At senior levels most hedge funds have been successful in recruiting their quota of analysts in the first half of 2006 and there seems to be no sign of this picture changing as the year progresses. For senior analysts the hedge fund 'sell' argument is a strong one: performance and contribution to the bottom line are more demonstrable and bonuses can consequently be significantly higher than in investment banks.
For the 'foot soldiers' of research, the link between their work and the success or failure of a fund is a less clear one and their share of the reward pie consequently much smaller. Base salaries tend to be roughly equal to those on offer in investment banking, and bonuses only a little higher. However, without direct financial incentives, the attractions of the hedge fund sector for junior analysts quickly pall. Investment banks tend to mean a 'name' on a still relatively empty CV and they also usually mean the sort of structured career progression that is still only the province of the very largest hedge funds.
A partial solution lies in greater creativity in both recruitment methodology and the structuring of compensation packages. Larger funds are working to build a recruitment 'brand' through campus based campaigns and through strategic press leaks to highlight the rewards on offer to top earners. Funds of all sizes are implementing schemes which maximise the value of bonuses, such as those where employees at even the most junior level can use their earnings to invest in the fund without administration fees, but with the added incentive of a top-up contribution from the firm.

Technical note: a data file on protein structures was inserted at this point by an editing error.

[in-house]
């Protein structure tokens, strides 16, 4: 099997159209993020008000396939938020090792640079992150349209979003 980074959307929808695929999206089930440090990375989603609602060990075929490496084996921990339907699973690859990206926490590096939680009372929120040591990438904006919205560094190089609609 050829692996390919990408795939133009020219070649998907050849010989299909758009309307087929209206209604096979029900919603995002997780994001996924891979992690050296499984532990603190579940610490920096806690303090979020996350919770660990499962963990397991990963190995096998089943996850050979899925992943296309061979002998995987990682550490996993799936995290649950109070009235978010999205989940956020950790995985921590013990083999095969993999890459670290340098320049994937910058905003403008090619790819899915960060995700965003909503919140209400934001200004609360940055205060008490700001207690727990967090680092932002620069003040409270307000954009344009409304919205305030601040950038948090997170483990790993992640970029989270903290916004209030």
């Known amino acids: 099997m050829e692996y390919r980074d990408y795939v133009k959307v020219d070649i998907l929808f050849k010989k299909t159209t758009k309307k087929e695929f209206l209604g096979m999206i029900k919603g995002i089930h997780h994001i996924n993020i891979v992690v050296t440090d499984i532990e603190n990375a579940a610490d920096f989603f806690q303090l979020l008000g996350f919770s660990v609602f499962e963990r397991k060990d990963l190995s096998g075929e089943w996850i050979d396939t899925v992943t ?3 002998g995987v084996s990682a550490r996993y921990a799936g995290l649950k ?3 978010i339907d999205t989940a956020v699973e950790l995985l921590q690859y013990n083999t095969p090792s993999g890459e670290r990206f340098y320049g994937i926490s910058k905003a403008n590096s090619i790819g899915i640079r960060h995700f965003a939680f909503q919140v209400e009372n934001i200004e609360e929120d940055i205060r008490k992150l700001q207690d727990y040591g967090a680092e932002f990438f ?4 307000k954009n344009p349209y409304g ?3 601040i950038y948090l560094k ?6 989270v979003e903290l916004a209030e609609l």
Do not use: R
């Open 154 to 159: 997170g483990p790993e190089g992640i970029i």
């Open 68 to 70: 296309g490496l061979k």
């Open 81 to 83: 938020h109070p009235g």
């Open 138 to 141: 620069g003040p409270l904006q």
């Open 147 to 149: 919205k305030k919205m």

The quantitative analyst is a relative newcomer to the hedge fund arena but is rapidly becoming the 'must have' accessory for any serious player. Quantitative analysts develop and employ mathematical formulae to price derivative products, work with traders to develop trading and hedging strategies through statistical analysis tools, and analyse past trends to predict future market movements. The roles call for people with highly developed mathematical ability, preferably with front or middle office experience in derivative pricing or complex statistical analysis. Recruiting and retaining these individuals has been proving to be a difficult business for even the largest and most prestigious funds. The problem lies in an almost fundamental mismatch between the world view of the classic QA – conservative, thoughtful and risk averse – and that of fund managers, who have built their fortunes by pushing the boundaries of asset management. The prospect of large bonuses alone is not the solution. Many QAs are also motivated by an environment where they can indulge their academic interests with time, space, the company of like-minded people, and access to cutting edge technology. On this particular battlefield, few hedge funds are likely to win out against an investment bank.
Our expectation for the remaining months of 2006 and into 2007 is that more hedge funds will learn the lesson that successful recruitment of quantitative analysts will stem from ignoring the crowd and focusing on a select few – namely those individuals who want to break away from a purely technical role into a multi-faceted one where they can contribute directly to the commercial performance of the business. Here, hedge funds will be able to play to their natural strengths.